Innate Immunity, Quality of Interactions among APCs and T Cells, and Regulatory Cells Crucial for Immune Response against Antigens

Vipin Kumar

Vipin Kumar

Innate immunity, quality of interactions among antigen presenting cells and T cells, as well as the regulatory component is crucial for the induction of an effective immune response against self or foreign antigens. Differential cytokine secretion (IFN-g vs. IL-4) by innate NK-T cells can skew T cell response in a Th1 or Th2 direction. Furthermore, the binding affinity of an antigenic determinant for the class II MHC molecules as well as the TCR avidity has critical influence on the cytokine secretion profiles of T cells (see Figure 1): antigens that bind well to MHC (a slow off rate) and recognized by a high avidity TCR, response will predominate in Th1-like cells secreting IFN-g. Whereas poor MHC-binding affinity and poor TCR avidity results in a predominant Th2-like response and the secretion of IL-4. Thus initial interactions are crucial in getting an appropriate response. The immune system also employs regulatory mechanisms at distinct levels during an immune response, for example, at the level of costimulation involving CTLA-4 etc. The phenomenon of immune exhaustion following a productive T cell response is well documented. Also there exists an important negative feed back mechanism mediated by regulatory T cells (Treg) reactive to the peptides derived from the TCR Vbeta chain expressed by effector lymphocytes (see Figure 2). The Treg are present as part of the naive TCR repertoire and maintain tolerance to self antigen, for example myelin basic protein. CD4 and CD8 Treg cells recognize distinct determinants on the TCR Vbeta chain, framework 3 region and CDR 1/2 region, respectively, in the context of class II and class I MHC molecules. Treg are primed by a professional APC following uptake of apoptotic effectors and surface display of TCR peptide-MHC complexes. The combined action of Treg results in the apoptotic depletion of activated effectors and a global deviation of immune response in a Th2 direction. This regulatory component dominantly influences whether anti-MBP responses lead to disease or remain inconsequential. How all these different components of the regulatory and the innate system are orchestrated to mount an appropriate (life vs. death) immune response would require synergy between experimental and theoretical immunologists.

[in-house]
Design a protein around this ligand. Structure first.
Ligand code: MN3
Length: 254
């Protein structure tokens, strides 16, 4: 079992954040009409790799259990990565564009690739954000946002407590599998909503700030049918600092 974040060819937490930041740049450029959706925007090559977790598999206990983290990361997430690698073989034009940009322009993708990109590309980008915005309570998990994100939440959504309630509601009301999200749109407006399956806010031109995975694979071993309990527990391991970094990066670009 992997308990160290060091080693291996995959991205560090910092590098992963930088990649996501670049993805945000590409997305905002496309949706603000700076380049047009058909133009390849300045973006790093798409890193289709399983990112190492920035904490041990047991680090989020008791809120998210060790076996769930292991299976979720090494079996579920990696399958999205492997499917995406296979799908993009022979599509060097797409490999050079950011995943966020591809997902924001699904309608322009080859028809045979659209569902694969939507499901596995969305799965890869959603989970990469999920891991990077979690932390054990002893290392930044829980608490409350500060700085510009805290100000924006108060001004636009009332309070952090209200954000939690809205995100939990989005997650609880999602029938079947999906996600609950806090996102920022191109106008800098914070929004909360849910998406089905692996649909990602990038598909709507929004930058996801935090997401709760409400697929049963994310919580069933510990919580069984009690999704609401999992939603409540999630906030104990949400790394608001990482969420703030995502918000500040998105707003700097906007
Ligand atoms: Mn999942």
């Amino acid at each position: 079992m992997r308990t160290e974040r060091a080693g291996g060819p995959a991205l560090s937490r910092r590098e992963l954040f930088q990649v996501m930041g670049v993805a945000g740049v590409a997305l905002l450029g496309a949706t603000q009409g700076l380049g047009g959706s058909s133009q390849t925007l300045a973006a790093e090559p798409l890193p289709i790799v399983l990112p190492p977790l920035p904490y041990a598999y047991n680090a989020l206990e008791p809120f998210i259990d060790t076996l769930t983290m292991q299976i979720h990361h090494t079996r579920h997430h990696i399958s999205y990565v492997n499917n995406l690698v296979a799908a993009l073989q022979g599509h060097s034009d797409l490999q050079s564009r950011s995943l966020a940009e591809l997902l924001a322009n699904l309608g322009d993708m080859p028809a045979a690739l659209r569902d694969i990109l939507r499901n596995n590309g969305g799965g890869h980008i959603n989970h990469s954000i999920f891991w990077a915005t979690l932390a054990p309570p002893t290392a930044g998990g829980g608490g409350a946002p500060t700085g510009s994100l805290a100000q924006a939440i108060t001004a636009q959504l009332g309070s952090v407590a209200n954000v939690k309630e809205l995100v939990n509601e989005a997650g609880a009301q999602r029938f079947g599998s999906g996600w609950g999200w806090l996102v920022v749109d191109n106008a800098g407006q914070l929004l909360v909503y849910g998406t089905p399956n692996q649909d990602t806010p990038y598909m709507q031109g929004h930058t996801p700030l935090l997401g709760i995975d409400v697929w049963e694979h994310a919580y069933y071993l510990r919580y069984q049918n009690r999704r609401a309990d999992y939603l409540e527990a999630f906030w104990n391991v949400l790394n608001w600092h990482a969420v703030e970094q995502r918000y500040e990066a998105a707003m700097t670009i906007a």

Figure 1
Figure 1: MHC/TCR affinity


Figure 2
Figure 2: Four cell figure of regulation


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